When you buy something nowadays, whether online or in a retail store, the entire process of the transaction is guided by cutting-edge technology. Never in history has the point-of-sale been as smooth and customer-friendly as it is now. Walking through a fictitious purchase, we can get a clear view of how the modern tech-based consumer economy operates and highlight a few of its key components. Also it's good idea to check out site like T-Roc Global, one of the fastest-growing outsource companies in the U.S. Now, Here's the situation:
Let's consider a consumer who spends 30 minutes comparing prices and features of electric drills at online retailers. He's literally overwhelmed by the selection, by the number of sellers and a wide range of prices. Finally, after watching a half-dozen videos of his favorite drills in operation, he chooses one based not on price but on its features and the five-star rating other buyers have awarded this particular piece of equipment and its big-name manufacturer. He uses a bank debit card to make the buy and notes the expected delivery date on his calendar. The drill is to arrive in three business days.
Scanning and Inventory Control
At the manufacturer's warehouse, a robot product-picker pulls the item from a 15-foot high shelf in a massive warehouse located outside Kansas City, Missouri. The tool is already packaged and has previously passed four quality-control tests, so it's loaded onto a conveyor belt by the robot and sent to delivery. On its way, the package barcode is scanned by another robot and the company inventory is automatically adjusted for the sale of one electric drill, product number 12345. Al financial data, including sales price and state tax amounts, are automatically recorded on the company's books.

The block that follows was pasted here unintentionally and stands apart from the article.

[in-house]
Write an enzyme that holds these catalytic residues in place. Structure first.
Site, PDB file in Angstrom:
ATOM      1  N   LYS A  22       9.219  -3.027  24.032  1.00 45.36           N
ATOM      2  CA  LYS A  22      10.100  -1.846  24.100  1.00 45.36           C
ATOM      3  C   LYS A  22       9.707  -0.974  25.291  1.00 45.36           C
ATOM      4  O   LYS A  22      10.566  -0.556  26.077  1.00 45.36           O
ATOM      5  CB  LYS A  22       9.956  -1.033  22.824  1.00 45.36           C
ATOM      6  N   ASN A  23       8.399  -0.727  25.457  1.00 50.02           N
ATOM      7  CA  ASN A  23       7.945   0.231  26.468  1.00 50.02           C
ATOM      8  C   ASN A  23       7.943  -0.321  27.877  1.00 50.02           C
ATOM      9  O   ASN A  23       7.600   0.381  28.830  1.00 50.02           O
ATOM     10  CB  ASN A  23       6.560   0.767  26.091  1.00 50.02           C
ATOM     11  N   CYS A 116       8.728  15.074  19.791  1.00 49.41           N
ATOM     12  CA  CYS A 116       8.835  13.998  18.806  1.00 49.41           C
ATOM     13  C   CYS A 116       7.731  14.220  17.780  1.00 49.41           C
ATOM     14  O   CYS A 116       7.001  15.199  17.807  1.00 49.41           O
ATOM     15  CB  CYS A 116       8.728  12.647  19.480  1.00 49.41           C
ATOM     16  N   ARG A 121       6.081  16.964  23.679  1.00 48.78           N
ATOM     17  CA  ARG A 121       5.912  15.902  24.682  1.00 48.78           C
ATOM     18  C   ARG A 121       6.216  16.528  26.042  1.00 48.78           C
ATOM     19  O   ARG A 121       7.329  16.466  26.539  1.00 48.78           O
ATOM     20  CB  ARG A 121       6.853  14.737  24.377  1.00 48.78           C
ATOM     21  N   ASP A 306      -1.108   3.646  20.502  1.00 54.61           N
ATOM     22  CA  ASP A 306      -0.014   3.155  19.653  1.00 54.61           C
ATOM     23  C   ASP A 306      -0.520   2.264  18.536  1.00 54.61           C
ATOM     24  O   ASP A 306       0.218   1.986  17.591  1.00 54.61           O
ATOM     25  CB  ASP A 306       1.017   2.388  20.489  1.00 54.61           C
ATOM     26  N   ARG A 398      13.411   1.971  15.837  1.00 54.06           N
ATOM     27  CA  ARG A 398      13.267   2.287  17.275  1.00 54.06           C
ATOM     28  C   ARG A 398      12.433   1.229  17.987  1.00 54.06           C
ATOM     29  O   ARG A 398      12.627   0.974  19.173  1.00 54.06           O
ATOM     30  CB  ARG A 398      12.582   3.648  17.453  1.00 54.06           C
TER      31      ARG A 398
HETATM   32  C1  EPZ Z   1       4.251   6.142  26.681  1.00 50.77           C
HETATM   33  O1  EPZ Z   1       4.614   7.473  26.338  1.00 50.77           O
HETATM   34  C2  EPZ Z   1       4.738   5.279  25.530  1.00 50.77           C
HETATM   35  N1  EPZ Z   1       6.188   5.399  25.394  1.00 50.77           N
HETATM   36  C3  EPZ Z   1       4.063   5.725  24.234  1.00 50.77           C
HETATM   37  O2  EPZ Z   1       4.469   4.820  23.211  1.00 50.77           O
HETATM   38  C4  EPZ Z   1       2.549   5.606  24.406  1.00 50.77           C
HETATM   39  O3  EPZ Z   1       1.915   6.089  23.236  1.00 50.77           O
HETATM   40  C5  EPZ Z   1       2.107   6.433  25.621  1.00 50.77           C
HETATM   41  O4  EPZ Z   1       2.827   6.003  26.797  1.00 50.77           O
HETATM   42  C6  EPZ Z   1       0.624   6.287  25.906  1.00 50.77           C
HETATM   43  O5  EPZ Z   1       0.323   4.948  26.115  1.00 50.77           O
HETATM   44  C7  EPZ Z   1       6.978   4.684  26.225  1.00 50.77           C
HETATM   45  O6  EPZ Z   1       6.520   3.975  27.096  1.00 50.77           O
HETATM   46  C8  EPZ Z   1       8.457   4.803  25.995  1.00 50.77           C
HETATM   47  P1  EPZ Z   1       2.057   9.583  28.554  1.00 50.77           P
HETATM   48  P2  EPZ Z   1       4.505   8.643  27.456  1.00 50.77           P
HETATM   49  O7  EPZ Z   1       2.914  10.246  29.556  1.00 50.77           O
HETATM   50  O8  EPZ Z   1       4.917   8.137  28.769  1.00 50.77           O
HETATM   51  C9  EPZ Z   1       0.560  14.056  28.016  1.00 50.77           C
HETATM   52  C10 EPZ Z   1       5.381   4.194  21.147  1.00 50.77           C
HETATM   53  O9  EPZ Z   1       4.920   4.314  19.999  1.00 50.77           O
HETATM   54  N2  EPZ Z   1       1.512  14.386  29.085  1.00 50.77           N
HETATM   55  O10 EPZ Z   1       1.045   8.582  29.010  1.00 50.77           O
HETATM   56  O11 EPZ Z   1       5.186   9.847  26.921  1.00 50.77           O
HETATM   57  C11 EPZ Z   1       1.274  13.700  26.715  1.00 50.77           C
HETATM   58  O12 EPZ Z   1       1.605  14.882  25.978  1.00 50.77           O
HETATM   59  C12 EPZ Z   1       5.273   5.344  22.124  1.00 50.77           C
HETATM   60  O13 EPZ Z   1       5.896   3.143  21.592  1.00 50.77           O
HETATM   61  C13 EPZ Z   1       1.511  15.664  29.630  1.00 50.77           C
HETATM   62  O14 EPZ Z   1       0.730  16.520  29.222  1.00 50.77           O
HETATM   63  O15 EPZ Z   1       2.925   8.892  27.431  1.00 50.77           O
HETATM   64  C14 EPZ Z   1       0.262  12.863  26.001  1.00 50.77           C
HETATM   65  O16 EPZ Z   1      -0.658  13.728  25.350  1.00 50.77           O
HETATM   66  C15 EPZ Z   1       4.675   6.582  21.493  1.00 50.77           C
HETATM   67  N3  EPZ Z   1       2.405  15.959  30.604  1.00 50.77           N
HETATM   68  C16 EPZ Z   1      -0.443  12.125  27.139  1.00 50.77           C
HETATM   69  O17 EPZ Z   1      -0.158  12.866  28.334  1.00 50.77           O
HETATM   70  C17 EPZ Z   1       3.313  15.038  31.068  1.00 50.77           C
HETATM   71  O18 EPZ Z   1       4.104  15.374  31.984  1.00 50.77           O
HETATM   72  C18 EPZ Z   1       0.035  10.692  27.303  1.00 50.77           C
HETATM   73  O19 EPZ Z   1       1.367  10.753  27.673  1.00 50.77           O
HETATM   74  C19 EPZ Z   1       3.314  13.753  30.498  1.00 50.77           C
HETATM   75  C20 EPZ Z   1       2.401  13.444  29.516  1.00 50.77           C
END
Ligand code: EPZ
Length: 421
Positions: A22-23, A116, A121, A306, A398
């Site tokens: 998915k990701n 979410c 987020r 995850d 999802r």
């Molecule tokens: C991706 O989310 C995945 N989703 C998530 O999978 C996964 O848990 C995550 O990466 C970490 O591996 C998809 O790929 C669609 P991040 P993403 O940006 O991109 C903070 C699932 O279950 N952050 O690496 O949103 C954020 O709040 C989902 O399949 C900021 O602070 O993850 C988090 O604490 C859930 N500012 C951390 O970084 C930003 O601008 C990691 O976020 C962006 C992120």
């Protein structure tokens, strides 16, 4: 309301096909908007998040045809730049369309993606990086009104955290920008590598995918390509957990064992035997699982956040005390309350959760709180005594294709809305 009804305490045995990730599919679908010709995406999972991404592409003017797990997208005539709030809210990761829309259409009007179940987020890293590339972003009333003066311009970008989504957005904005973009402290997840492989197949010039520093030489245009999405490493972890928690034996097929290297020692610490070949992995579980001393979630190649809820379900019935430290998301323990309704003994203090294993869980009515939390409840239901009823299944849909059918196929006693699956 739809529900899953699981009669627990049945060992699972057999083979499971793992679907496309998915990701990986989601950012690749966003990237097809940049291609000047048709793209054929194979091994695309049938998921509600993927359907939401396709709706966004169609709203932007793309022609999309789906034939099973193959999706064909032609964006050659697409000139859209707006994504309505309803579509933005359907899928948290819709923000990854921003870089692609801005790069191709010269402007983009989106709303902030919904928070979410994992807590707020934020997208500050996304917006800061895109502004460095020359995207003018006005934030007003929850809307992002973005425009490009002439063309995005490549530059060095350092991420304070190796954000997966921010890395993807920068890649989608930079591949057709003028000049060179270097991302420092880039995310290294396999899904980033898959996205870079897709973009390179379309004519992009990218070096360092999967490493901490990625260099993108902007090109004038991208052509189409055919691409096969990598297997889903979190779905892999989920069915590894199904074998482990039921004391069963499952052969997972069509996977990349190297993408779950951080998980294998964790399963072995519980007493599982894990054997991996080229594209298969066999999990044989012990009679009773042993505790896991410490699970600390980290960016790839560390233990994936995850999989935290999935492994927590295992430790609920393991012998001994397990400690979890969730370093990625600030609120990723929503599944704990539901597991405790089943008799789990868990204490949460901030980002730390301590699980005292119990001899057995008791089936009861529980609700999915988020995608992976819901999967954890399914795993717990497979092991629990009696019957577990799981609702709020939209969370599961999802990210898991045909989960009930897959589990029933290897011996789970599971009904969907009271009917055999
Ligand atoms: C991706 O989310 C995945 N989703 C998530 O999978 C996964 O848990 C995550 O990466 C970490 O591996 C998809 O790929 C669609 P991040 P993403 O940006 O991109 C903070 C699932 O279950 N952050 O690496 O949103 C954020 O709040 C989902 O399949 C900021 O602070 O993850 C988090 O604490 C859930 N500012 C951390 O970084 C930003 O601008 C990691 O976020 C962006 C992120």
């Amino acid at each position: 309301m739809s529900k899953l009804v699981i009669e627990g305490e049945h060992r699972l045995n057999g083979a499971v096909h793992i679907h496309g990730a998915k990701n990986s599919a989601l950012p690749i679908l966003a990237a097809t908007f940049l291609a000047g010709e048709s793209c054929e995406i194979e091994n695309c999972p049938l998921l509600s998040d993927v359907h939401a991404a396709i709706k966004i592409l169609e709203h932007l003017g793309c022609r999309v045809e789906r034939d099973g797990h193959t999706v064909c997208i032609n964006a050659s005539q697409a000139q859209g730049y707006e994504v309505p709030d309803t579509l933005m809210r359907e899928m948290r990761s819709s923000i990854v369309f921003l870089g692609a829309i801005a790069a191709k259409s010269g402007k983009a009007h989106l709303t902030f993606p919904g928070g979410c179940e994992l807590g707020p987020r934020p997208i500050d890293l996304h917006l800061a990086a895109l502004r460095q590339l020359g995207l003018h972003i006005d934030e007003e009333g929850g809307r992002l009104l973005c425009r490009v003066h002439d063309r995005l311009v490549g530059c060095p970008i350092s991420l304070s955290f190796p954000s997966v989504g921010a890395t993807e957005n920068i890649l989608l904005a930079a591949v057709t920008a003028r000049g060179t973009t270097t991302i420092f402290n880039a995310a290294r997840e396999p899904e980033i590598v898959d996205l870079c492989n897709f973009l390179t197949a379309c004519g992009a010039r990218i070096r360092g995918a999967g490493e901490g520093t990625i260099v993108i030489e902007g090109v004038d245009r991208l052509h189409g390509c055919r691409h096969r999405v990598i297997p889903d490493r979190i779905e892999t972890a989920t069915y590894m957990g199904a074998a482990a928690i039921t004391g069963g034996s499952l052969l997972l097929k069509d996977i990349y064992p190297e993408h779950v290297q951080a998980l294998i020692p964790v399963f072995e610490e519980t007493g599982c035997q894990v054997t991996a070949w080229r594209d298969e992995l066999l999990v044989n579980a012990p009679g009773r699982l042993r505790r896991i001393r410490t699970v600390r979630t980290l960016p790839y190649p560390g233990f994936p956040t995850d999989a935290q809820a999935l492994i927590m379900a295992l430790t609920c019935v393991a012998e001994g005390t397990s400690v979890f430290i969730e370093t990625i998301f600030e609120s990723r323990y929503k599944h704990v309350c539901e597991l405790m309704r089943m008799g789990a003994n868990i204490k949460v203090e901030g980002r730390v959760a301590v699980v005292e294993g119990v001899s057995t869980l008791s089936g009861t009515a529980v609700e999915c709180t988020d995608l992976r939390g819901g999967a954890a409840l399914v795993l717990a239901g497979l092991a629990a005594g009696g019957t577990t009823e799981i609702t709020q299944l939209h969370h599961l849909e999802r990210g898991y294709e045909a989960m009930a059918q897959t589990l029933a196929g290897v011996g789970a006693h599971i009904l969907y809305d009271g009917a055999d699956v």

The drill, along with 250 other similar items, is loaded onto a company truck and taken to a delivery hub where postage will be affixed and some products will be sent via the U.S. Postal Service. Others, that will travel on private carriers, await pickup at the dock. Drivers from several companies show up and take the packages to their own processing centers. All routing, logistics and delivery data is logged via special apps that track every movement of every package every second, from the time it is ordered until it is in the hands of the buyer.
Delivery: Rise of the Smart Locker
A customer in a condo community in San Diego. His property manager has installed a smart locker console in the main lobby so residents can access their packages 24/7/365. Some lockers are refrigerated to accommodate medicine and food deliveries, but his drill needs none of the fancy treatment, so when the drill arrives via courier at the condo lobby, the driver simply scans the package code into the locker's control panel. After that, the driver places the package into a numbered locker, makes a few notations on the screen and leaves. He receives a text from the company when the item shipped, and another from the courier when the drill arrived at the condo. When he gets home from work, he simply inputs the numeric code the courier sent him into the control panel, opens the locker and take out his package.